Radio carbon dating limitations
It is important that the radiocarbon scientists and archaeologists agree on the sampling strategy before starting the excavation so time, effort, and resources will not be wasted and meaningful result will be produced after the carbon dating process.
It must be stressed that archaeologists need to interact with radiocarbon laboratories first before excavation due to several factors.1.
Studying the material remains of past human life and activities may not seem important or exciting to the average Joe unlike the biological sciences.
But archaeology’s aim to understand mankind is a noble endeavor that goes beyond uncovering buried treasures, gathering information, and dating events.
Some samples, like wood, already ceased interacting with the biosphere and have an apparent age at death and linking them to the age of the deposits around the sample would not be wholly accurate.
There are also cases when the association between the sample and the deposit is not apparent or easily understood.
Before deciding on using carbon dating as an analytical method, an archaeologist must first make sure that the results of radiocarbon dating after calibration can provide the needed answers to the archaeological questions asked.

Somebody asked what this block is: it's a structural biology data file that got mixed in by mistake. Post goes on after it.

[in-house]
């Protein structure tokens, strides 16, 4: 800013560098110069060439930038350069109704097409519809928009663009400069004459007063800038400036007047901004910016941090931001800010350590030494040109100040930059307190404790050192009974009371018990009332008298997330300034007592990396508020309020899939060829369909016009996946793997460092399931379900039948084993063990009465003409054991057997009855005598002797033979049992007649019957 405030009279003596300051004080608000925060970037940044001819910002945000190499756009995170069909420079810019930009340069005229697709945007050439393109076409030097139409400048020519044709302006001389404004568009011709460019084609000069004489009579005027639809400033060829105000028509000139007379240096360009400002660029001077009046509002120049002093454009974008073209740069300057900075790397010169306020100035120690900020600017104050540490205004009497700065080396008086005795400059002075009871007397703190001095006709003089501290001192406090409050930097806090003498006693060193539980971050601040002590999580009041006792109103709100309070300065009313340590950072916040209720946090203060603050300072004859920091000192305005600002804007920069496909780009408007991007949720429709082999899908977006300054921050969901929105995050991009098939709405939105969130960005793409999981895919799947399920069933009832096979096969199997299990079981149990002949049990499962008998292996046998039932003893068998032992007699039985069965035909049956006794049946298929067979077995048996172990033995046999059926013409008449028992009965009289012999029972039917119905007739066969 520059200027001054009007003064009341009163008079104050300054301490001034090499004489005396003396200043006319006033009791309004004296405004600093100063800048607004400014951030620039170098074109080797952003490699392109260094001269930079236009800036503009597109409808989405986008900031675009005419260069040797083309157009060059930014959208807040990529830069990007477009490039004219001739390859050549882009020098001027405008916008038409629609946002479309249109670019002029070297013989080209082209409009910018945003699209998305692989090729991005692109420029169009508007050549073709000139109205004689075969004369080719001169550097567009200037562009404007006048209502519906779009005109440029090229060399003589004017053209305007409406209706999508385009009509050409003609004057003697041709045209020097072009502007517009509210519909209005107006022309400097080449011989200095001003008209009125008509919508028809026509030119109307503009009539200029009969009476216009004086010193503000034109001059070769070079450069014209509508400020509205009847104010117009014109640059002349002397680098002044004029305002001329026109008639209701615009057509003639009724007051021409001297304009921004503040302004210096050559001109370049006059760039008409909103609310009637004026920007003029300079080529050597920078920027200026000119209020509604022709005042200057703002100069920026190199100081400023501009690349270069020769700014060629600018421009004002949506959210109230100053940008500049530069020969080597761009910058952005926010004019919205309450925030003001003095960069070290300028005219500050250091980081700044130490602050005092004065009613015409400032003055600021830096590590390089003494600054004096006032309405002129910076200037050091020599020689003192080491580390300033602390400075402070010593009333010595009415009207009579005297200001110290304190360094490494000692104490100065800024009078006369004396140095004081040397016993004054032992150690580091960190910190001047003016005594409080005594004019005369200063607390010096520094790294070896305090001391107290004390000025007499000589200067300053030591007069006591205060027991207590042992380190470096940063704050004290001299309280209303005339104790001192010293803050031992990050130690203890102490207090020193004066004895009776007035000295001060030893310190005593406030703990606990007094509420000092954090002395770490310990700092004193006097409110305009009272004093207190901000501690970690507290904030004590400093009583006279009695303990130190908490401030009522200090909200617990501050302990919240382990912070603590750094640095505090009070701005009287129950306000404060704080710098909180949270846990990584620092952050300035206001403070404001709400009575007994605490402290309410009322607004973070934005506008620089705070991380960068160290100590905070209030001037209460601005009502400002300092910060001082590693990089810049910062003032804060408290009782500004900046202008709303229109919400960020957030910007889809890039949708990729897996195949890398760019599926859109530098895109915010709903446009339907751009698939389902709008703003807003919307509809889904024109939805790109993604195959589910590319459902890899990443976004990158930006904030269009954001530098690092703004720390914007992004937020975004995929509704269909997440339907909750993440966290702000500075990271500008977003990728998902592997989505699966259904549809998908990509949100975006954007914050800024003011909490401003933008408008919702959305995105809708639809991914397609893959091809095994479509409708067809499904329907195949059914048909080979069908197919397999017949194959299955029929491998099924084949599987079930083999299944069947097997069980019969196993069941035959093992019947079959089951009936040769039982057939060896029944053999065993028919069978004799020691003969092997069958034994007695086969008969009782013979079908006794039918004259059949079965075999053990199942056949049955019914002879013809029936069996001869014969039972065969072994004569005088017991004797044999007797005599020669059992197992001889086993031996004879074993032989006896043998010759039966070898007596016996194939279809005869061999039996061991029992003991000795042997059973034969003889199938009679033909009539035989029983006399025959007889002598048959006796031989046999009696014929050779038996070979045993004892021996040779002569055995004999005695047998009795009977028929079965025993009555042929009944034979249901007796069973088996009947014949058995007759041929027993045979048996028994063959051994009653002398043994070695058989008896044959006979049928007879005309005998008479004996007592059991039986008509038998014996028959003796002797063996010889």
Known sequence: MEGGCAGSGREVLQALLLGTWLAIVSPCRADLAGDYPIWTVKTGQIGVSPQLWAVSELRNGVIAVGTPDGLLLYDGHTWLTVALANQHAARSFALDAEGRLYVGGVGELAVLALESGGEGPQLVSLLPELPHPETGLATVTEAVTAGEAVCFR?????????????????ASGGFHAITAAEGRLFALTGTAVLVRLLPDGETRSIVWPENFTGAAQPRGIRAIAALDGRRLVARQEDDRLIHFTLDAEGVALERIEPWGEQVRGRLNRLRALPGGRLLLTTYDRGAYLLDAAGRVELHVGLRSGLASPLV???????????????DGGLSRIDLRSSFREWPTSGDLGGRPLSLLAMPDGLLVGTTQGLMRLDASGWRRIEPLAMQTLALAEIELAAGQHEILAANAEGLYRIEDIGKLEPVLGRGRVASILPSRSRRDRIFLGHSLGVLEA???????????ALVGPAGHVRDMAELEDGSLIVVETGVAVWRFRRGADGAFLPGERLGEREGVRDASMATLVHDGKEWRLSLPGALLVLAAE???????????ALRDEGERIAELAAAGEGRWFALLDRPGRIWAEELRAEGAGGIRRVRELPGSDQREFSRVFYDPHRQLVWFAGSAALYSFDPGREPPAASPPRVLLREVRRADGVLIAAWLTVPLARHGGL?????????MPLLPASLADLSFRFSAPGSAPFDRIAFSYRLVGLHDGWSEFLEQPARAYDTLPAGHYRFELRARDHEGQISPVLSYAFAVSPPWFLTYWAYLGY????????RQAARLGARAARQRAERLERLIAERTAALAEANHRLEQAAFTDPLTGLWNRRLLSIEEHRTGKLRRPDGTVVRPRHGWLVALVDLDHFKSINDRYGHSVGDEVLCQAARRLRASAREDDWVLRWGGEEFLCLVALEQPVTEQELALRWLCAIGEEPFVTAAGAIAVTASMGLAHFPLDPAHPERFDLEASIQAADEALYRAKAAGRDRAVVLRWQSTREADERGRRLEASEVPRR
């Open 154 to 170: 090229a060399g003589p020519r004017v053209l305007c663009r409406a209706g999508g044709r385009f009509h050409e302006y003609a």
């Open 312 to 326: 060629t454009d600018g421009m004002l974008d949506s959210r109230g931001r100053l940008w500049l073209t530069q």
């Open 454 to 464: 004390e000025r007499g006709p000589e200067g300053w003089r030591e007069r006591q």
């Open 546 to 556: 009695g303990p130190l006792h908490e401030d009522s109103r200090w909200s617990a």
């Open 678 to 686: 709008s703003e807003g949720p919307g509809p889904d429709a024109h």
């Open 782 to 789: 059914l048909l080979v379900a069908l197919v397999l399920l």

The implication of what is represented by the carbon 14 activity of a sample must be considered.
Over the years, archaeology has uncovered information about past cultures that would have been left unknown had it not been with the help of such technologies as radiocarbon dating, dendrochronology, archaeomagnetic dating, fluoride dating, luminescence dating, and obsidian hydration analysis, among others.
Sample type, size and packing Laboratories have limitations in terms of the samples they can process for radiocarbon dating. Laboratories must also be consulted as to the required amount of sample that they ideally like to process as well as their preference with certain samples for carbon dating.
Other labs accept waterlogged wood while others prefer them dry at submission.2.
Great care must be exercised when linking an event with the context and the context with the sample to be processed by radiocarbon dating.
An archaeologist must also make sure that only the useful series of samples are collected and processed for carbon dating and not every organic material found in the excavation site.